Leveraging the Law: Using the Courts to Achieve Social Change

Leveraging the Law: Using the Courts to Achieve Social Change

Leveraging the Law: Using the Courts to Achieve Social Change

Leveraging the Law: Using the Courts to Achieve Social Change

Synopsis

"Leveraging the Law is an important and timely collection of essays by noted political scientists and legal scholars who critically explore the relationship between the courts, political mobilization, and social change. Employing a wide variety of methodological perspectives and drawing upon numerous case studies, the authors demonstrate how and under what conditions the courts can be an important force for political change and social reform. While in some situations the judiciary is politically impotent or irrelevant, Leveraging the Law shows that courts do matter and that litigants can use the judiciary to secure numerous goals." Title Summary field provided by Blackwell North America, Inc. All Rights Reserved

Excerpt

David Schultz

Do courts and the law matter? Can legal institutions significantly affect public opinion, encourage political mobilization, or influence the functioning and operations of social institutions? Do legal norms constrain behavior or are political preferences more important in controlling the choices of judges and political actors? Much of the politics and political activity in the United States in the last fifty years assumed an affirmative answer to these questions. However, in an era when some wonder how far we have come in desegregating our schools or in reforming our prisons after all these years, it is not so clear that the conventional wisdom and answers are correct. Hence, asking if courts and the law are institutionally and politically efficacious forms the theme for this book, building upon a series of debates surrounding the efficacy and legitimacy of the courts and the law to effect social change in American society.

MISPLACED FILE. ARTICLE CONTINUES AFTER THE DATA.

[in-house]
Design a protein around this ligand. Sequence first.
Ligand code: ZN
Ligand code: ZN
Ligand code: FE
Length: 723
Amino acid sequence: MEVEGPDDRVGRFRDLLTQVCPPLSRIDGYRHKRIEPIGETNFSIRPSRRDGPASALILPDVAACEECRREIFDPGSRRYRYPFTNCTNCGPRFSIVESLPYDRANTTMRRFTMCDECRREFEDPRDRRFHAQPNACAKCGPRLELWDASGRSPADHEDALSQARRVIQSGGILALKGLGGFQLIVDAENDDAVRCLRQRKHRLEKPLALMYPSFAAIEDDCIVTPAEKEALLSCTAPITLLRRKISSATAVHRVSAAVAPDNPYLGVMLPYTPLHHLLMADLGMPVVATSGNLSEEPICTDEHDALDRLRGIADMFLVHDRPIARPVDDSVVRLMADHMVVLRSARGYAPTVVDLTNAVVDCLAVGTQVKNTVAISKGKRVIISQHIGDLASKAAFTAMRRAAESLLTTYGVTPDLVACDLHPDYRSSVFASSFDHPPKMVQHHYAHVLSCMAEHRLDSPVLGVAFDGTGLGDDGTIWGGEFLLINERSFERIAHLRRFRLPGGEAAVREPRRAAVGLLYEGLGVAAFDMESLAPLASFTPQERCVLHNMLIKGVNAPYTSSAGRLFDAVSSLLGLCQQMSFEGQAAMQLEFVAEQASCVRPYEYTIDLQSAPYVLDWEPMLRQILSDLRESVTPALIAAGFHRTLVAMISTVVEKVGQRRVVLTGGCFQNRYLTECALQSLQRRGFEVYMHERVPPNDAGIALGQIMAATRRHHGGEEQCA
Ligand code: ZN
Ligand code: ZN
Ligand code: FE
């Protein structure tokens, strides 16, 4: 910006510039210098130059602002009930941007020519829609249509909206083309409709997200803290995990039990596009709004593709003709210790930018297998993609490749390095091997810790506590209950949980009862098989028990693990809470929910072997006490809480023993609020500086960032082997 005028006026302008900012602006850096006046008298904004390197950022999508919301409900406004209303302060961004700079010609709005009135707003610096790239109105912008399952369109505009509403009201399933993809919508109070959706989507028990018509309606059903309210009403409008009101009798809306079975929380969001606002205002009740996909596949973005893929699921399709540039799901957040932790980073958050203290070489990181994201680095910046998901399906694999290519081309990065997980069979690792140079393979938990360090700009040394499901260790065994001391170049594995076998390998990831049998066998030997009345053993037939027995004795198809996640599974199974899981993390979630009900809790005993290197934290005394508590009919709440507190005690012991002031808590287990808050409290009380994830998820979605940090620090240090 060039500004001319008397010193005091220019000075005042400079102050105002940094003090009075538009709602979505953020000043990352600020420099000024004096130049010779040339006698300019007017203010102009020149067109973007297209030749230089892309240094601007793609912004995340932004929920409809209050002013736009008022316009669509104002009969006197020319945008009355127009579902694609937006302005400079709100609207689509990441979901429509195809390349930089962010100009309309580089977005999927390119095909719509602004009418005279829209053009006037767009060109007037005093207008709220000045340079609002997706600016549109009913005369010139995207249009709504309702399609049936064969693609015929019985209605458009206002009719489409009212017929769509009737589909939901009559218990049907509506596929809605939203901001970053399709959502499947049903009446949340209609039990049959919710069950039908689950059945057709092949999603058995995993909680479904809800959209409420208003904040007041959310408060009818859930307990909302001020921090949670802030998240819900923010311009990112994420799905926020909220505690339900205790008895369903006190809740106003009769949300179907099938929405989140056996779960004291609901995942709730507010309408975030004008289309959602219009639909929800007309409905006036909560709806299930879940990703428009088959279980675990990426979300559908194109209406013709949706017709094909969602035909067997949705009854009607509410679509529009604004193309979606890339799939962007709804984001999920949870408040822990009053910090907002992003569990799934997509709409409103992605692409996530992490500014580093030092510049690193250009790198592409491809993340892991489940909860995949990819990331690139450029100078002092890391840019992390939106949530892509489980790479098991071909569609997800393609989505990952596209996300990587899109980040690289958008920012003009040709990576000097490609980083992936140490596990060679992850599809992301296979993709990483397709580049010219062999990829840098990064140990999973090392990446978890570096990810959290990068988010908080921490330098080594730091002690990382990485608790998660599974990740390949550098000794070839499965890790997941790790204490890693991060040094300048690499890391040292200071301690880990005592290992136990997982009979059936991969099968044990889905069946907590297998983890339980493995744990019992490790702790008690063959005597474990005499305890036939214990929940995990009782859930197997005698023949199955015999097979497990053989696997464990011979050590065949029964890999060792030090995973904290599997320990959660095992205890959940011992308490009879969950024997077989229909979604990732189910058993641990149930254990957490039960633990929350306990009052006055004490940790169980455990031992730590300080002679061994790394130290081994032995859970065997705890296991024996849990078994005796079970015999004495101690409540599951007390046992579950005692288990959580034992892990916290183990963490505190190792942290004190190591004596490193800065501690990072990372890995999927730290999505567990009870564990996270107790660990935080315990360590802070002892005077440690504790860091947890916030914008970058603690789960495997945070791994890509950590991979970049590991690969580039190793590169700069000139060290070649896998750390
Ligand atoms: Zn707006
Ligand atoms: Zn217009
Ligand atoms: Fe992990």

Federal Courts and American Politics

Disagreement over the role of the courts in American society dates back to the days of the constitutional framers, who debated what role the federal courts should have vis-à-vis the executive and legislative branches. In 1787, delegates to the Constitutional Convention debated whether the judiciary would have the power to "set aside the law" or whether the court should have a veto over the legislature (Farrend 1966, 298-299). In addition, delegates probed the jurisdictional limits of judicial power, asking what impact the court might have upon states or how it would affect the president and Congress (Madison 1966, 46, 537, 538-539). Similarly, in the debates on the . . .

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